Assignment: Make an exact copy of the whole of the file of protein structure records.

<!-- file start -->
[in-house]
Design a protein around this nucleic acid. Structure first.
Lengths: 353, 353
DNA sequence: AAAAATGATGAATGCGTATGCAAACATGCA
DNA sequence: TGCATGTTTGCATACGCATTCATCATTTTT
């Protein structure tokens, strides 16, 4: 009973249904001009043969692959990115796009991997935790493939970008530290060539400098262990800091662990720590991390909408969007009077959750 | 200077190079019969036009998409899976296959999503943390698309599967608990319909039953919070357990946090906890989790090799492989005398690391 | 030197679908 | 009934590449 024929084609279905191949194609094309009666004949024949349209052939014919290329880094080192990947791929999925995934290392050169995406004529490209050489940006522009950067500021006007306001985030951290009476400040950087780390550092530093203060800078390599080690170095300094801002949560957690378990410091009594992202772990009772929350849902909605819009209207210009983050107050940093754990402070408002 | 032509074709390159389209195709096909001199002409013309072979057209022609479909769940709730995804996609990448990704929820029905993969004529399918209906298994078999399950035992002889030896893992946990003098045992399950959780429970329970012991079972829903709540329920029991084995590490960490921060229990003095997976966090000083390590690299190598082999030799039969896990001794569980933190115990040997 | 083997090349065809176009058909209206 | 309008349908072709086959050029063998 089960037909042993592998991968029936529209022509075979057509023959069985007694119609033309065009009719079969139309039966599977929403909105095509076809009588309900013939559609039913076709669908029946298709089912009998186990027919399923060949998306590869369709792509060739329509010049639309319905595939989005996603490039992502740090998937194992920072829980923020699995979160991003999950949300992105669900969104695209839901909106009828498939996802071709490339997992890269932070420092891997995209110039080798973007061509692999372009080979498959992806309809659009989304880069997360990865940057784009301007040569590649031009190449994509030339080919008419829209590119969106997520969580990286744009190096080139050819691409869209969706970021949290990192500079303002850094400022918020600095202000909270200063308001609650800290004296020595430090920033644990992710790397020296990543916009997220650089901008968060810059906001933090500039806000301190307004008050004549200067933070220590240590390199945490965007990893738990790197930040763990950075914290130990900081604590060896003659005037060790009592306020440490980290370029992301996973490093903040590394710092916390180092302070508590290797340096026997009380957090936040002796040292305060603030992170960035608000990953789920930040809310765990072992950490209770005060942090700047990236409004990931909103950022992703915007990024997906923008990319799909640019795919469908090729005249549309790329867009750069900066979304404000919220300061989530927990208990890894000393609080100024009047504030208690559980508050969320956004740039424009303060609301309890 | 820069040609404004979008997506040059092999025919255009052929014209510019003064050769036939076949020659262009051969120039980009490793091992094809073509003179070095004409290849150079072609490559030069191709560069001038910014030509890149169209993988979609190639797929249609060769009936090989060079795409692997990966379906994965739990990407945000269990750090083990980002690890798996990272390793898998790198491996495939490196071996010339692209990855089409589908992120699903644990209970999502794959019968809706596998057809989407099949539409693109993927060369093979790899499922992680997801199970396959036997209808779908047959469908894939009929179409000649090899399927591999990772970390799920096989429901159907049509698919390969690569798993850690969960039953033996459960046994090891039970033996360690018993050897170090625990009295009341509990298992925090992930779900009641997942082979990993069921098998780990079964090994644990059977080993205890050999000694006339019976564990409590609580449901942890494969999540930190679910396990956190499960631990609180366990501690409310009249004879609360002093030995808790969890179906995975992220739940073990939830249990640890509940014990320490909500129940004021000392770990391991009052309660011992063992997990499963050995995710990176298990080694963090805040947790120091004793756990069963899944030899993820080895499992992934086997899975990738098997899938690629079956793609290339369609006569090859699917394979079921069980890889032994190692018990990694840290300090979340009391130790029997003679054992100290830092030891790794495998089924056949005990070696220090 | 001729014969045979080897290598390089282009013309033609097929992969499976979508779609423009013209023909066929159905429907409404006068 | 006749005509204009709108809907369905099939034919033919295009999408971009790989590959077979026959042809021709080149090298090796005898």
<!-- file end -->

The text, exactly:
[in-house]
Design a protein around this nucleic acid. Structure first.
Lengths: 353, 353
DNA sequence: AAAAATGATGAATGCGTATGCAAACATGCA
DNA sequence: TGCATGTTTGCATACGCATTCATCATTTTT
């Protein structure tokens, strides 16, 4: 009973249904001009043969692959990115796009991997935790493939970008530290060539400098262990800091662990720590991390909408969007009077959750 | 200077190079019969036009998409899976296959999503943390698309599967608990319909039953919070357990946090906890989790090799492989005398690391 | 030197679908 | 009934590449 024929084609279905191949194609094309009666004949024949349209052939014919290329880094080192990947791929999925995934290392050169995406004529490209050489940006522009950067500021006007306001985030951290009476400040950087780390550092530093203060800078390599080690170095300094801002949560957690378990410091009594992202772990009772929350849902909605819009209207210009983050107050940093754990402070408002 | 032509074709390159389209195709096909001199002409013309072979057209022609479909769940709730995804996609990448990704929820029905993969004529399918209906298994078999399950035992002889030896893992946990003098045992399950959780429970329970012991079972829903709540329920029991084995590490960490921060229990003095997976966090000083390590690299190598082999030799039969896990001794569980933190115990040997 | 083997090349065809176009058909209206 | 309008349908072709086959050029063998 089960037909042993592998991968029936529209022509075979057509023959069985007694119609033309065009009719079969139309039966599977929403909105095509076809009588309900013939559609039913076709669908029946298709089912009998186990027919399923060949998306590869369709792509060739329509010049639309319905595939989005996603490039992502740090998937194992920072829980923020699995979160991003999950949300992105669900969104695209839901909106009828498939996802071709490339997992890269932070420092891997995209110039080798973007061509692999372009080979498959992806309809659009989304880069997360990865940057784009301007040569590649031009190449994509030339080919008419829209590119969106997520969580990286744009190096080139050819691409869209969706970021949290990192500079303002850094400022918020600095202000909270200063308001609650800290004296020595430090920033644990992710790397020296990543916009997220650089901008968060810059906001933090500039806000301190307004008050004549200067933070220590240590390199945490965007990893738990790197930040763990950075914290130990900081604590060896003659005037060790009592306020440490980290370029992301996973490093903040590394710092916390180092302070508590290797340096026997009380957090936040002796040292305060603030992170960035608000990953789920930040809310765990072992950490209770005060942090700047990236409004990931909103950022992703915007990024997906923008990319799909640019795919469908090729005249549309790329867009750069900066979304404000919220300061989530927990208990890894000393609080100024009047504030208690559980508050969320956004740039424009303060609301309890 | 820069040609404004979008997506040059092999025919255009052929014209510019003064050769036939076949020659262009051969120039980009490793091992094809073509003179070095004409290849150079072609490559030069191709560069001038910014030509890149169209993988979609190639797929249609060769009936090989060079795409692997990966379906994965739990990407945000269990750090083990980002690890798996990272390793898998790198491996495939490196071996010339692209990855089409589908992120699903644990209970999502794959019968809706596998057809989407099949539409693109993927060369093979790899499922992680997801199970396959036997209808779908047959469908894939009929179409000649090899399927591999990772970390799920096989429901159907049509698919390969690569798993850690969960039953033996459960046994090891039970033996360690018993050897170090625990009295009341509990298992925090992930779900009641997942082979990993069921098998780990079964090994644990059977080993205890050999000694006339019976564990409590609580449901942890494969999540930190679910396990956190499960631990609180366990501690409310009249004879609360002093030995808790969890179906995975992220739940073990939830249990640890509940014990320490909500129940004021000392770990391991009052309660011992063992997990499963050995995710990176298990080694963090805040947790120091004793756990069963899944030899993820080895499992992934086997899975990738098997899938690629079956793609290339369609006569090859699917394979079921069980890889032994190692018990990694840290300090979340009391130790029997003679054992100290830092030891790794495998089924056949005990070696220090 | 001729014969045979080897290598390089282009013309033609097929992969499976979508779609423009013209023909066929159905429907409404006068 | 006749005509204009709108809907369905099939034919033919295009999408971009790989590959077979026959042809021709080149090298090796005898």